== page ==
Date: Tue, 18 Apr, 2000
Makahs Return to the Sea for Whale Hunt
Coast Guard arrests two protesters, seizes boat
NEAH BAY, Wash. [AP] A Makah whaling family set out Monday in the tribe's first gray whale hunt of the spring, but the crew returned without killing a whale. The Coast Guard arrested two protesters and seized their boat.
While tribal leaders insist the seasonal hunt -- a centuries-old tradition that resumed after a 70-year absence with the first kill in May -- is vital to preserving the Makah identity, anti-whaling activists fear it could open the door to a worldwide renewal of commercial whaling.
Ben Johnson, chairman of the Makah Tribal Council, confirmed that tribal leaders had issued a 10-day whaling permit to the Paul Parker family.
A canoe carrying the whaling crew, and a motorized Makah support boat, returned here late Monday afternoon without killing a whale. A tribal whaling crew, with representatives from several families, took the Makah's first whale last May 17. Now the hunts are being conducted by Makah families, as tradition dictates.
Five families have been preparing to hunt as this year's spring gray whale migration from birthing grounds in Mexico to feeding grounds off Alaska gets under way, tribal whaling commission president Keith Johnson said.
Protest groups led by Ocean Defense International have been monitoring the area by boat.
The Coast Guard is enforcing a 500-yard exclusion zone around the whale hunt, and said Monday's arrests and boat seizure were prompted by violation of that zone.
When the driver of the seized 23-foot boat refused to stop, the vessel was bumped or "shouldered" by a 21-foot Coast Guard boat, said Petty Officer Gino Burns in Seattle. When that didn't work, a 41-foot Coast Guard boat bumped the vessel, knocking down the two protesters on board.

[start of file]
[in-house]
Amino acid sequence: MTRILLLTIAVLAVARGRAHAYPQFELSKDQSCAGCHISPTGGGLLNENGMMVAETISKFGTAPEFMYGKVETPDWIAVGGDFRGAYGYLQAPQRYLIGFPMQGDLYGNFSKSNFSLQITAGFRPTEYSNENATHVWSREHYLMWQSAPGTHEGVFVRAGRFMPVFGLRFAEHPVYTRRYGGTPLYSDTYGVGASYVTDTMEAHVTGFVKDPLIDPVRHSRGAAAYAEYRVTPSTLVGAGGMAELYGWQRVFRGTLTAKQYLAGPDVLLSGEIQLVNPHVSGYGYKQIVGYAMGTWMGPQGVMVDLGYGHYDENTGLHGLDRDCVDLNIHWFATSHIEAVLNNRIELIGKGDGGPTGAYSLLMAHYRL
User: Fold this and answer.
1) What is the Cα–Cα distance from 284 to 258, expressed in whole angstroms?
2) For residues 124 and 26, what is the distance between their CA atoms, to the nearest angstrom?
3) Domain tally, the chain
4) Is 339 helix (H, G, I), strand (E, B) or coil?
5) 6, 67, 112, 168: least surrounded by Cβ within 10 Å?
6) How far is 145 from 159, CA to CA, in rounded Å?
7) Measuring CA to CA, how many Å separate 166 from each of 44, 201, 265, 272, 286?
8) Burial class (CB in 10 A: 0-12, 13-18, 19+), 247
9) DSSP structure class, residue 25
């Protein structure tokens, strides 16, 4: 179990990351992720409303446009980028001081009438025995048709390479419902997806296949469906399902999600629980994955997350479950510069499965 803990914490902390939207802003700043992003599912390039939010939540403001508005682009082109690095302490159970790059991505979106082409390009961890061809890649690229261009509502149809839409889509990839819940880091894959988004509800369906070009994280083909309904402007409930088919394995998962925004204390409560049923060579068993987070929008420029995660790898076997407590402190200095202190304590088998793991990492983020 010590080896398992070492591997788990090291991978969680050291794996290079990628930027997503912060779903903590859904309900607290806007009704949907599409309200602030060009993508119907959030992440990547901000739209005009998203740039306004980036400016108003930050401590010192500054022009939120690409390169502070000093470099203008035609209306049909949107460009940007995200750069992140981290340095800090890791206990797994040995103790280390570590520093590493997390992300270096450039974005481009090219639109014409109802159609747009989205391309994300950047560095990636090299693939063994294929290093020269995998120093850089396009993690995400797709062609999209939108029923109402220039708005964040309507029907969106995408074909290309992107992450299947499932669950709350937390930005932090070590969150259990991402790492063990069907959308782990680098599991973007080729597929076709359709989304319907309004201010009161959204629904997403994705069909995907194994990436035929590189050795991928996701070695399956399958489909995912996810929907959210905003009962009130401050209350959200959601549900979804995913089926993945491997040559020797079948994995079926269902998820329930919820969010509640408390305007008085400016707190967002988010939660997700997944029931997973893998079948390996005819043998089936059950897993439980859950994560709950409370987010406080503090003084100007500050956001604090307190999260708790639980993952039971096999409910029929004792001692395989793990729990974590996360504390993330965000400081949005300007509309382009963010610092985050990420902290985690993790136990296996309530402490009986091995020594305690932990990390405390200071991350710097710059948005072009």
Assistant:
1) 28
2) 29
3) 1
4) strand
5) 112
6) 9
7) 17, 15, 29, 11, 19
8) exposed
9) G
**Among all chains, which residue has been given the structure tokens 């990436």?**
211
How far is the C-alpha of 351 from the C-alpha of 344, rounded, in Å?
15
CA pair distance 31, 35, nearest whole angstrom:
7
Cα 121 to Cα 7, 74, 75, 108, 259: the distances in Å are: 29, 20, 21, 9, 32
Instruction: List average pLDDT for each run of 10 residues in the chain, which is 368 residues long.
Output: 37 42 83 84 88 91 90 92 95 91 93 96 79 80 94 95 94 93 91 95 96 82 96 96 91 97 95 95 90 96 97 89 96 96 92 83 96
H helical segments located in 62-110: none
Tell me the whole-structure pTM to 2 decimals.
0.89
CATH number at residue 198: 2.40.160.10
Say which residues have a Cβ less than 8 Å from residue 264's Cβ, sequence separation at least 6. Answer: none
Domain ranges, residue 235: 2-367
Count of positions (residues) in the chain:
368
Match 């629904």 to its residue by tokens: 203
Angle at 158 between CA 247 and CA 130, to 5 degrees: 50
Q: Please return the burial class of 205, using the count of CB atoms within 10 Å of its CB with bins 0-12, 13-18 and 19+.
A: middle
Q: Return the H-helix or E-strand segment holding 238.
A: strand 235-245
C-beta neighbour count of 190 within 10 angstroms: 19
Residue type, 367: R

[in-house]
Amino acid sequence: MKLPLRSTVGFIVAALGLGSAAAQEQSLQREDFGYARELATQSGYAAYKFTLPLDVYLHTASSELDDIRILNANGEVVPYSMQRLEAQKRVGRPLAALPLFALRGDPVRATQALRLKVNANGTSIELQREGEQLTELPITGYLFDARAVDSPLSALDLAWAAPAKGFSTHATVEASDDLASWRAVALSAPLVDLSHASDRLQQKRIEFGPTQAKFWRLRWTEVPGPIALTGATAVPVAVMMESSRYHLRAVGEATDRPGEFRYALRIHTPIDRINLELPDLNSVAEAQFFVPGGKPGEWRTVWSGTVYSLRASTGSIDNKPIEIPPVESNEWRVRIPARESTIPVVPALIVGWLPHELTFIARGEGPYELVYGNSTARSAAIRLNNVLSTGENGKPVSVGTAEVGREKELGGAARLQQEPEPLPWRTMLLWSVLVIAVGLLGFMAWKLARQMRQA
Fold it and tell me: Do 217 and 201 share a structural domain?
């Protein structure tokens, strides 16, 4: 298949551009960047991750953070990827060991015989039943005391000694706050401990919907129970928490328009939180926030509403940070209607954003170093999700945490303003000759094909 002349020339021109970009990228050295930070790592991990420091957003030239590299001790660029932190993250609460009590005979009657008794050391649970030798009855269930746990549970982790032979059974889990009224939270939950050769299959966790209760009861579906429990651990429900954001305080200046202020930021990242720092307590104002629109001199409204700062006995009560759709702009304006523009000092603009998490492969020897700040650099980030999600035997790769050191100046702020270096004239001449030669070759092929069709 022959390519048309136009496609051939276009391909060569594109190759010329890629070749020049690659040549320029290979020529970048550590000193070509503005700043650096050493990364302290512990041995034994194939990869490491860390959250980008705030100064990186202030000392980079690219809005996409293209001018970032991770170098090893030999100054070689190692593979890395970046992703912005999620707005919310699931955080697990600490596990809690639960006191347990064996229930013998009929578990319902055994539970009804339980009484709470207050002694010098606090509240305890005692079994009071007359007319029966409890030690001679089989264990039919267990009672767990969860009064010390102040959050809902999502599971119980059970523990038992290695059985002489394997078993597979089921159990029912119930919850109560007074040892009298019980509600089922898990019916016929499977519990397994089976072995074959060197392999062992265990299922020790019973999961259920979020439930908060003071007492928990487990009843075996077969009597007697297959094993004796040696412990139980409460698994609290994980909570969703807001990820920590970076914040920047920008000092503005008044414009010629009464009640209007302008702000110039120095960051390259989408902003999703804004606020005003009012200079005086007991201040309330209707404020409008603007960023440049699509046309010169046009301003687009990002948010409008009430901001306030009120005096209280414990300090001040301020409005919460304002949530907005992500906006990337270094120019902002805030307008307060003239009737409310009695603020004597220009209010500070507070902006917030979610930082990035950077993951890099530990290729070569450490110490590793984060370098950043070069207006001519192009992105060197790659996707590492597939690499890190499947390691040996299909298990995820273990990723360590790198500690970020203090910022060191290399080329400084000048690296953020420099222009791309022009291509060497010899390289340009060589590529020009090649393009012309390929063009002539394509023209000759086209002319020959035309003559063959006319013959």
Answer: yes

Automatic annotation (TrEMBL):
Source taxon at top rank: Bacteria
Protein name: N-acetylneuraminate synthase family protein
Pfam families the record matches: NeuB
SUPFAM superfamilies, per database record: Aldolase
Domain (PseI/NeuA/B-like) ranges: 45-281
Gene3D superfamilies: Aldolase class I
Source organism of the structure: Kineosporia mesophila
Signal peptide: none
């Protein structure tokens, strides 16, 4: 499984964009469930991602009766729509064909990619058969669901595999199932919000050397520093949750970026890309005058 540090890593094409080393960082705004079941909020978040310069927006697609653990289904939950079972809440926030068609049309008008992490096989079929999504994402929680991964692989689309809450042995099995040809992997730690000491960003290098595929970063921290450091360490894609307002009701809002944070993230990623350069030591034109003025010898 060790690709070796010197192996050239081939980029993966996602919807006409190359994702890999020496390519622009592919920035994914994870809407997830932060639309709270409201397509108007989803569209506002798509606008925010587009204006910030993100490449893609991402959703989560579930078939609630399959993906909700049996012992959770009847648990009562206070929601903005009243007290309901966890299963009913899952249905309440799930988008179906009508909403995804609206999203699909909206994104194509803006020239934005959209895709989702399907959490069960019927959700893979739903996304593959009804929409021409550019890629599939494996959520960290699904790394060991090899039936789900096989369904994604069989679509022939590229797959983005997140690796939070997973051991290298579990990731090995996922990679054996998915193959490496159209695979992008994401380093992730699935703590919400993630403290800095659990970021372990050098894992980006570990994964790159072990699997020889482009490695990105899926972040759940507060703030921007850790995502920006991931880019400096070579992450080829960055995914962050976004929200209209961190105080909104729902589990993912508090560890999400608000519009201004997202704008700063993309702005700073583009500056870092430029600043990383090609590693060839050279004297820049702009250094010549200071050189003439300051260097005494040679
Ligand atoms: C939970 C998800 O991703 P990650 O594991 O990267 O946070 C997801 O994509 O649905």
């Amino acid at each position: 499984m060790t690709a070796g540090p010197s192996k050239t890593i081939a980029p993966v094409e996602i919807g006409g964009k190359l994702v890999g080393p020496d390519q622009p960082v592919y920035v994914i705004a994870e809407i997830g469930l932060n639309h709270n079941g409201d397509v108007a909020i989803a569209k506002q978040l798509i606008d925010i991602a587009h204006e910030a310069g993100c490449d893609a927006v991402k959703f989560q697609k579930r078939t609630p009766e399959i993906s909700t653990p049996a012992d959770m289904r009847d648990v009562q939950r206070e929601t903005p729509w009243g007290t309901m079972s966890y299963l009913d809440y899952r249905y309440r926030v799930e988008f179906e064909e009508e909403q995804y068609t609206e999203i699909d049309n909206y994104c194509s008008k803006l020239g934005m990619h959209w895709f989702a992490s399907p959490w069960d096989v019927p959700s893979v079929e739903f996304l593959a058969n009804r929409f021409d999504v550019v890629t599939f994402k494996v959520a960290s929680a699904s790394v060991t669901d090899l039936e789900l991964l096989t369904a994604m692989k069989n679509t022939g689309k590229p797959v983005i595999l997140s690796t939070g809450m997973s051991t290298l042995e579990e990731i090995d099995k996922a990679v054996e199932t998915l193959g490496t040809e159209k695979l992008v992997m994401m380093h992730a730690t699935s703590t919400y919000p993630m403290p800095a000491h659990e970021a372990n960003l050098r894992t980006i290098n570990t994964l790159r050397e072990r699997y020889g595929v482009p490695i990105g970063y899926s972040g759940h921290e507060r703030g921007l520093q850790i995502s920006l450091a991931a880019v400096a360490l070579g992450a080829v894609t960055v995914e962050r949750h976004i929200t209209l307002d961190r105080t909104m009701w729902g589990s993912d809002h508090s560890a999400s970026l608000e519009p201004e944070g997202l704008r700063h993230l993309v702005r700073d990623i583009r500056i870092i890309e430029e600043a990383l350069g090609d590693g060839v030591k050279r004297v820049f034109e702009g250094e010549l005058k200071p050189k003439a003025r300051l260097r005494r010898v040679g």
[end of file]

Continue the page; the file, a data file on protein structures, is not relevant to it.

The driver, Bill Moss of Olympia -- a member of the group World Whale Police -- was still in custody Monday afternoon, Burns said. The woman, who complained of back pain after her fall, was checked by a doctor and released.
Ocean Defense International spokesman Jonathan Paul identified her as Julie Woodyear of Toronto.
The Makah whaling tradition dates back thousands of years, but the hunts stopped in the 1920s as commercial whaling decimated populations. When the gray whale was taken off the Endangered Species List in 1994, the tribe moved to resume the practice, citing whaling rights granted under a 1855 treaty.
In 1997, the effort was cleared by the International Whaling Commission, which allocated the Makah 20 whales through 2004, a maximum of five per year.
The hunts, supported by the federal government, have pitted the Makah, their supporters and the federal government against animal-conservation activists.
When the tribe prepared to resume the hunts in late 1998, conservation groups staked out Neah Bay for months, hoping to protect the southbound fall migration. Several protest boats also were seized last year by the Coast Guard.
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